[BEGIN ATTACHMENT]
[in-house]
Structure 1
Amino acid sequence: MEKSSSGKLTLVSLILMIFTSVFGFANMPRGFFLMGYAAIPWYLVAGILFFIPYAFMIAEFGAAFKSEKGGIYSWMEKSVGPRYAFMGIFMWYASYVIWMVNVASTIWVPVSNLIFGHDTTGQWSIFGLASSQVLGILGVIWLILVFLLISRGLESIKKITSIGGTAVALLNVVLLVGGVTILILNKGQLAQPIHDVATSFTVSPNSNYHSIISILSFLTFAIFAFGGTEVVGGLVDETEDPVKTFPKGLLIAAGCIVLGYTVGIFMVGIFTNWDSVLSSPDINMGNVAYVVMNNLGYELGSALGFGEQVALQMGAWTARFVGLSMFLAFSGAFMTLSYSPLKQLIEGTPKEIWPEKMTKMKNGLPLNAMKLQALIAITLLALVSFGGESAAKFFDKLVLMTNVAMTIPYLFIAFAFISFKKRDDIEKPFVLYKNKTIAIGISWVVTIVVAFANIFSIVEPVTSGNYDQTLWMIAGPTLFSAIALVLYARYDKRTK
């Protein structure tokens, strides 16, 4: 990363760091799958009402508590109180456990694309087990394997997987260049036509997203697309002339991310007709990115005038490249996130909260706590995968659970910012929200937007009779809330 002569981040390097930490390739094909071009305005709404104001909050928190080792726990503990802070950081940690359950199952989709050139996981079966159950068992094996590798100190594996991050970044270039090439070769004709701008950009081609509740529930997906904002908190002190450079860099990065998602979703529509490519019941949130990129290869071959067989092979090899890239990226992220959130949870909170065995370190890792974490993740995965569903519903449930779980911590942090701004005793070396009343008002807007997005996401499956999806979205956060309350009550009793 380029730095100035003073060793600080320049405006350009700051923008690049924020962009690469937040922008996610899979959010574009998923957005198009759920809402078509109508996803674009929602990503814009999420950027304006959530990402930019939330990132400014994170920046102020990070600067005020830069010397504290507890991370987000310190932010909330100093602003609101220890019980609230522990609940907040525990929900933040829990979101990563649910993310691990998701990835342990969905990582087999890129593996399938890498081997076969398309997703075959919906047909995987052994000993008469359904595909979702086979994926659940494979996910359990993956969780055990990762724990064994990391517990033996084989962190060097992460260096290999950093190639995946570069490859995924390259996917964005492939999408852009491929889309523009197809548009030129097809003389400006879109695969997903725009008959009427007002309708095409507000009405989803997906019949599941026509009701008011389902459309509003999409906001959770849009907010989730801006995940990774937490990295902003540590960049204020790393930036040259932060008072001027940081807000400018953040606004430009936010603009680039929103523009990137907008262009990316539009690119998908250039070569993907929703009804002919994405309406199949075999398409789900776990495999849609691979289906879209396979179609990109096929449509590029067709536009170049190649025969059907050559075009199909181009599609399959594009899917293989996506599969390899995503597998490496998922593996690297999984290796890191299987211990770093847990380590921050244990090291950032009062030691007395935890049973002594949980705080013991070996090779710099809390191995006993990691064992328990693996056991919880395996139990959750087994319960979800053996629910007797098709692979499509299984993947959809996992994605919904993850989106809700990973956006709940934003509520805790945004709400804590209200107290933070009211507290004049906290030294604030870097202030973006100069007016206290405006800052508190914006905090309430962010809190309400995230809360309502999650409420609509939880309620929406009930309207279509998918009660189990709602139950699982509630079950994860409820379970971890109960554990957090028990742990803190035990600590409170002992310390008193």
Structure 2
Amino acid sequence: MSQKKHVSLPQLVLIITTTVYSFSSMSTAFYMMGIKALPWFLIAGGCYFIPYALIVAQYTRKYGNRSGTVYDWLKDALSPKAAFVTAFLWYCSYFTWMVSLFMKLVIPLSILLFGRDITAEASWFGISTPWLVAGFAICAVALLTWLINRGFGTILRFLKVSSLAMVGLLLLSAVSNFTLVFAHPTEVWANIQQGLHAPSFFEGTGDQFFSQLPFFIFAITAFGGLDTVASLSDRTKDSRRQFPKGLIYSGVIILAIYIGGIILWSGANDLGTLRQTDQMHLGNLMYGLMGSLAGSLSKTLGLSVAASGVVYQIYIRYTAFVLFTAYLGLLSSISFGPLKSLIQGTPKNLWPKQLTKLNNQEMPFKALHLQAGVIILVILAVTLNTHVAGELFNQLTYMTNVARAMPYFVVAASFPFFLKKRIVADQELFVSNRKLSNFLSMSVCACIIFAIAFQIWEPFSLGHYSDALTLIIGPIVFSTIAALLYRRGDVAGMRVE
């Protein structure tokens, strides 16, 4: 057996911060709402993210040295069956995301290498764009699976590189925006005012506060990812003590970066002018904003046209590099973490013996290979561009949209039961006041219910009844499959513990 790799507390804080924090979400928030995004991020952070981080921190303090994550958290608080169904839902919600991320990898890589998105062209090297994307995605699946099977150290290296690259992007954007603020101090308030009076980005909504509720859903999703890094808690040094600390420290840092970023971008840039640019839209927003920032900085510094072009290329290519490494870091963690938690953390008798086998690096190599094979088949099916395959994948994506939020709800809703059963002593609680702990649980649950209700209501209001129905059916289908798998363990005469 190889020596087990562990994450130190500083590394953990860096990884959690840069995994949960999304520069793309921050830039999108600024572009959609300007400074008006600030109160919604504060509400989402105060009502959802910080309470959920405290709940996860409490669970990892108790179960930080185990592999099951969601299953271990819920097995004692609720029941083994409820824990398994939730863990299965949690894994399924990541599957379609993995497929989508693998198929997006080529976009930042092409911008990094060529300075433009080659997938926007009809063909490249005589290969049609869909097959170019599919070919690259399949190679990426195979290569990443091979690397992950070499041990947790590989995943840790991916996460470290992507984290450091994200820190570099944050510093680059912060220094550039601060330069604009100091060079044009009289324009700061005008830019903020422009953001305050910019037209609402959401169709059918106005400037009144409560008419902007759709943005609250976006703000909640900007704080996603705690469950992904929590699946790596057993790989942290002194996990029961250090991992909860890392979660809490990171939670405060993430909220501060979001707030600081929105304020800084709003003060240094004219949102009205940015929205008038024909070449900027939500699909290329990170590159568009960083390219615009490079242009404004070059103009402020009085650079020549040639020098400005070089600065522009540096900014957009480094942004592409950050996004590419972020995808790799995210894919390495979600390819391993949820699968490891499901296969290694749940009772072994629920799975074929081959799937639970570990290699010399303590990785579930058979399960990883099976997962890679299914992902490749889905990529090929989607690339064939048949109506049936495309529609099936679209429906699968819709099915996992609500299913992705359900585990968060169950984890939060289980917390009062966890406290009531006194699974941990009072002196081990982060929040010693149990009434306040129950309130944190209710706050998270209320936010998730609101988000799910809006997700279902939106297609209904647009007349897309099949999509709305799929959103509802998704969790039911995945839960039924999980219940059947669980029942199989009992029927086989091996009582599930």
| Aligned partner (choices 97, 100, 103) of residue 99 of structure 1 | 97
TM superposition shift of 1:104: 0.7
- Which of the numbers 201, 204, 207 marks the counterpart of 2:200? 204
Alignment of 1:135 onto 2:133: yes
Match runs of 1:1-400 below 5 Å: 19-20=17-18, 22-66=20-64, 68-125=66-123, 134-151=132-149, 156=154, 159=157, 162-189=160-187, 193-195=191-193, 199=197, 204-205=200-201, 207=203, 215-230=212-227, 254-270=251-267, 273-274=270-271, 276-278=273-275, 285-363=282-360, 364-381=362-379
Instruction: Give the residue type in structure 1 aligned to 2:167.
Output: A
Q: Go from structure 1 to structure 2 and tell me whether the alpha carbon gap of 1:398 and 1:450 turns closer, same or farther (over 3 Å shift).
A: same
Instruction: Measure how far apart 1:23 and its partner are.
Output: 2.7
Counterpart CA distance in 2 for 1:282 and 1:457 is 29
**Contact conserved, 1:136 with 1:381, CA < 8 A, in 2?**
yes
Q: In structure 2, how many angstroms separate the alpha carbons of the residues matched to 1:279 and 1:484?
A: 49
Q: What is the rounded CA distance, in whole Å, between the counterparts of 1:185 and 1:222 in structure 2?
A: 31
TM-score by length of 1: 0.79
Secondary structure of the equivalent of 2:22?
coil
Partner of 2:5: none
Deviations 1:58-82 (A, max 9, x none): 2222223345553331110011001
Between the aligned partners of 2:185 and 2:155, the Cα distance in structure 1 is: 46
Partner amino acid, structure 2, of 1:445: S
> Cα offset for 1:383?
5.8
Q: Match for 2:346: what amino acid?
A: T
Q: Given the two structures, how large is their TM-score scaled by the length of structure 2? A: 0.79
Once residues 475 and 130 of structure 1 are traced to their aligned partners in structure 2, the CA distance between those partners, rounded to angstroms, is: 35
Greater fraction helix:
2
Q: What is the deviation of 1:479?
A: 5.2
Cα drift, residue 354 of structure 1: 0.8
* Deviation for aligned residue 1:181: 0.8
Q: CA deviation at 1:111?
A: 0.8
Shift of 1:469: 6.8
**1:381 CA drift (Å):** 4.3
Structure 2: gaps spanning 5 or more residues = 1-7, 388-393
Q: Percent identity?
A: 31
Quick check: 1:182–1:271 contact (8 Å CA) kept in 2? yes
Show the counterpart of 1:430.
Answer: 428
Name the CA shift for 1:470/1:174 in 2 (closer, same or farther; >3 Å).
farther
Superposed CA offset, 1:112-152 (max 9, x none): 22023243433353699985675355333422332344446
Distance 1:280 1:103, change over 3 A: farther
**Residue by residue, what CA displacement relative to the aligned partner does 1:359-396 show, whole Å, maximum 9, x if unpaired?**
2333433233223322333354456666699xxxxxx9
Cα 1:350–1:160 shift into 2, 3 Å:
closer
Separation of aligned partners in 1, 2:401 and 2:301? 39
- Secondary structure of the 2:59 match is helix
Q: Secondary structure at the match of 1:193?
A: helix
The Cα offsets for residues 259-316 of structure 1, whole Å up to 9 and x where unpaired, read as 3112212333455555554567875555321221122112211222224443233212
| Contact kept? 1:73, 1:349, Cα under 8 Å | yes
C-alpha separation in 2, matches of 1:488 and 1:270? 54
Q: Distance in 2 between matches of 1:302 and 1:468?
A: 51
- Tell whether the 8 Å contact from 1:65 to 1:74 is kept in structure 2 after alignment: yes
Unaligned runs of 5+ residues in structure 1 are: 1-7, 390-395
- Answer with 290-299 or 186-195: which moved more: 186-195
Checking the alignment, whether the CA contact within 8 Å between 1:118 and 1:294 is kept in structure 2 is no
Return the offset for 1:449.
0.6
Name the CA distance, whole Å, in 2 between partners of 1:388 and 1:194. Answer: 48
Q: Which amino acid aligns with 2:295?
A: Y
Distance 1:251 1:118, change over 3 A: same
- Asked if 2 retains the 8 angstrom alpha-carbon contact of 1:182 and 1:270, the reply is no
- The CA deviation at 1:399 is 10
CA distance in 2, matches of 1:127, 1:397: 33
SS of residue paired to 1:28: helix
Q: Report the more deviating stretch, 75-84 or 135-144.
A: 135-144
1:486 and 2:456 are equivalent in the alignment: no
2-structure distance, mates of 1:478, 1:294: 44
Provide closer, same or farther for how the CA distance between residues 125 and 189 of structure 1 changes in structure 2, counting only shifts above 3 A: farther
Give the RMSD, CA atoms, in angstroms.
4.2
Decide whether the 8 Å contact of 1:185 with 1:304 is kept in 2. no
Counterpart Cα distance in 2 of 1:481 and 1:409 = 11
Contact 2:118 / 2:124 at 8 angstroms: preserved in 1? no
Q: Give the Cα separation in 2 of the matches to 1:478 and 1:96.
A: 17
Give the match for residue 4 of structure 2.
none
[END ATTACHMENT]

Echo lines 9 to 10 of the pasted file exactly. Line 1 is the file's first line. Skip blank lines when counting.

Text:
TM superposition shift of 1:104: 0.7
- Which of the numbers 201, 204, 207 marks the counterpart of 2:200? 204